Kitchener/Waterloo/Cambridge Home Prices See Double-Digit Growth in the Second Quarter of 2017
High buyer demand puts continued upward pressure on prices, with a slight market slowdown underway
The aggregate price of a home in the Kitchener/Waterloo/Cambridge region saw a significant increase in the second quarter of 2017, rising 20.7 per cent year-over-year to $435,367, according to the Royal LePage House Price Survey2 and Market Survey Forecast released today.
When broken out by housing type, the median price of a bungalow rose 21.1 per cent year-over-year to $401,631 in the second quarter, while the price of a two-storey home increased 20.9 per cent to $459,562. During the same period, the median price of a condominium increased 15.3 per cent year-over-year to $269,646.
"The region's increasing popularity has enticed many Torontonians into the market in search of more affordable inventory, leading the Tri-Cities to experiences unprecedented price growth in recent months," said Keith Church, broker of record, Royal LePage Grand Valley Realty. "Echoing the slowdown witnessed in the Greater Toronto Area, we have started to see local markets calm to a more sustainable pace as a slight uptick in listings has come into play, providing additional options for prospective buyers. However, while homes are being priced more reasonably, supply is still down when compared to the same time last year, and we are continuing to see multiple-offer situations in desirable neighbourhoods."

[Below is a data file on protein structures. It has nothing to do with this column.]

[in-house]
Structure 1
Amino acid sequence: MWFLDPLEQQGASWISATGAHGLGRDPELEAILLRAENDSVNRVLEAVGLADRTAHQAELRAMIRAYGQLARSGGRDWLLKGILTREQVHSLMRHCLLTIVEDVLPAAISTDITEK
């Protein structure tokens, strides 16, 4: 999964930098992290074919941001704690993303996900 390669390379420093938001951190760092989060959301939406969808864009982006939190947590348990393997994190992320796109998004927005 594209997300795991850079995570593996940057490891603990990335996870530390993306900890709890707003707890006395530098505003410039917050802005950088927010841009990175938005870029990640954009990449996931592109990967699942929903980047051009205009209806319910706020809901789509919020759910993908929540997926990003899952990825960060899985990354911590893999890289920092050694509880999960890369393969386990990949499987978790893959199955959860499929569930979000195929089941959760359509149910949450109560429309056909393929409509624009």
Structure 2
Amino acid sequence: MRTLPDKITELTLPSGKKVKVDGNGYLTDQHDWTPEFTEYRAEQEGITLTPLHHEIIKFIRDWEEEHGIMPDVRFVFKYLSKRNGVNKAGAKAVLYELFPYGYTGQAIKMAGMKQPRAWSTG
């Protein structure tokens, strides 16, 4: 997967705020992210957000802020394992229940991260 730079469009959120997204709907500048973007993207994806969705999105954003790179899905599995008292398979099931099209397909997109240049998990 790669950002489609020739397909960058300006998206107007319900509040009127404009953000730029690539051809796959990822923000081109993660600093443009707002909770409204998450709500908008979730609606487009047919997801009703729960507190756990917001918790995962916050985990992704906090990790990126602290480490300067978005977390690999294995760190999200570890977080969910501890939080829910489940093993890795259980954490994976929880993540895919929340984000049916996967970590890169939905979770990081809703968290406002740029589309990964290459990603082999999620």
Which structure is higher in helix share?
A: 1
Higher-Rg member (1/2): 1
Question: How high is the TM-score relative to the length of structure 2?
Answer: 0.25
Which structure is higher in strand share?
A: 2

Looking ahead to the remainder of the year, Church expects year-over-year home price increases in the region to begin levelling off toward healthy single-digit norms.
Nationally, Canada's residential real estate market posted strong home price gains in the second quarter of 2017, with the majority of metropolitan markets across Canada displaying expansionary trends. During the quarter, the Royal LePage National House Price Composite showed that the price of a home in Canada increased 13.8 per cent year-over-year to $609,144. When broken out by housing type, the price of a two-storey home rose 14.6 per cent year-over-year to $725,391, while the price of a bungalow increased by 10.7 per cent to $511,965. Over the same period, the price of a condominium climbed 13.4 per cent to $397,826.
"Following a period of unprecedented regional disparity in activity and price appreciation, we are now seeing a return to healthy growth in the majority of Canadian housing markets," said Phil Soper, president and CEO, Royal LePage. "The white-hot markets are moderating to very warm; the depressed markets are beginning to grow again. Canadian housing is in great shape a statement that I certainly did not make last quarter."
"The rate of national house price appreciation that we experienced in the second quarter continues to be above what we would consider a normal range, driven primarily by very strong year-over-year price growth across much of Ontario," continued Soper.
Looking ahead to the remainder of the year, Royal LePage forecasts that the national aggregate price of a home will increase by 9.5 per cent in 2017 to $617,773 when compared to year-end, 2016.